Ahmedabad: Nobel Laureate and founder of Bangladesh’s Grameen Bank Muhammad Yunus on Friday suggested the setting up of a regulatory authority for Micro Credit Institutions (MCIs) in India.
“They (MCI) were created to fight the loan sharks and not to create one. There should be some regulatory authority when you have so many micro credit programmes running. It’s time to have one for transparency purposes so that people are given out information in a transparent way,” he said during a video conferencing session organised at IIM-A in Ahmedabad.
“Bangladesh has created a micro credit regulatory authority to address these issues because we have so many programmes in the country now. I think it would be a good idea for India to do that,” he said.
Grameen Bank offers small loans for self-employment to some of the poorest people in Bangladesh, including beggars. The bank, with 2,600 branches and total deposits of $1.5 billion - of which 46% come from its borrowers - has 8.3 million borrowers, 97% of them women.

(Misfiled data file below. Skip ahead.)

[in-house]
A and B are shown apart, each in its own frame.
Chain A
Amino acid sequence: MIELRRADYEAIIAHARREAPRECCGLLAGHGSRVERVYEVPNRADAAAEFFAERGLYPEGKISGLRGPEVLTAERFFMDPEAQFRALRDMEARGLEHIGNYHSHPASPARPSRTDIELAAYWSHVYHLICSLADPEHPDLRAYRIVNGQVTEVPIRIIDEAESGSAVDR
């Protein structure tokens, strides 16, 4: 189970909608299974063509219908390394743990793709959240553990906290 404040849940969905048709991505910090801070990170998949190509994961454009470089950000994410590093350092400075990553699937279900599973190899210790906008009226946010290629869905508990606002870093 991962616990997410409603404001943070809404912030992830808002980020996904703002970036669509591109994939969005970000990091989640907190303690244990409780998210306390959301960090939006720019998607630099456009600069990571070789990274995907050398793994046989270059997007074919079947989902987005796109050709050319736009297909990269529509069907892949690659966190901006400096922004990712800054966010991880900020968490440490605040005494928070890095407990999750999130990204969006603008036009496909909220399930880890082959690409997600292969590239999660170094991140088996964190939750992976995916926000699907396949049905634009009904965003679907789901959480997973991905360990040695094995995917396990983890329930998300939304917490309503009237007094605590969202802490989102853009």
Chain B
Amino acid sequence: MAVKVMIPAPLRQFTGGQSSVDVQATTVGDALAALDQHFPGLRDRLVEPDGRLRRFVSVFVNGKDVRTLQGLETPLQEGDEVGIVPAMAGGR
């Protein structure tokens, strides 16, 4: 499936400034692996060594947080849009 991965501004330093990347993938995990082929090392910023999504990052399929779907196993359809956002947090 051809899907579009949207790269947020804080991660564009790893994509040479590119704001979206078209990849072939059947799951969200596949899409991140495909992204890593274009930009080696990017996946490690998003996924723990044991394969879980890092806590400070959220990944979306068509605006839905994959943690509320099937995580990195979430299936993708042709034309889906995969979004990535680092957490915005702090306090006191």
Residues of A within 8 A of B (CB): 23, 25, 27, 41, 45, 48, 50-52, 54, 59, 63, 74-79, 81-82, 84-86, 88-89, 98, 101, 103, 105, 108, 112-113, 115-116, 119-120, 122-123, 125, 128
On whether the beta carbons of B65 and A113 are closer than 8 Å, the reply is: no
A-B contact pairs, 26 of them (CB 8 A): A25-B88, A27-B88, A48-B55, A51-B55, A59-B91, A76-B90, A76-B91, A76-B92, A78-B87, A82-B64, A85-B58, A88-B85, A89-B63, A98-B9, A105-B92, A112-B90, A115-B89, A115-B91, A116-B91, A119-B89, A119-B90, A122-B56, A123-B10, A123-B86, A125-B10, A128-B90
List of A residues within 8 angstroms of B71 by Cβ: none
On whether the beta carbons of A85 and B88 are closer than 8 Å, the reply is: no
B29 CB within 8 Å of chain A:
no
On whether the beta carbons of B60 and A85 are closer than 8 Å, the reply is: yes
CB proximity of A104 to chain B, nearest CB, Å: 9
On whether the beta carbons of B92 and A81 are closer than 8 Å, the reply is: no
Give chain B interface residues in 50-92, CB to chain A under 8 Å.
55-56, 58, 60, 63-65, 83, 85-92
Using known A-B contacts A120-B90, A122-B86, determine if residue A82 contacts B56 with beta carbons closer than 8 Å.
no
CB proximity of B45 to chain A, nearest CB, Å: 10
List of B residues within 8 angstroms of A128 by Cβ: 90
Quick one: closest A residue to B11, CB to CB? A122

“The bank lends over $120 million per month in Bangladeshi currency,” said Yunus, who received Nobel Prize for peace in 2006.
Yunus maintained that government should not be running the micro credit programmes. Instead, they must create some sort of fund so that there is an easy source of funding for the NGOs who want to start such programmes.
“The government should not be running the micro credit programmes. They should be run by other people,” Yunus said in reply to a query.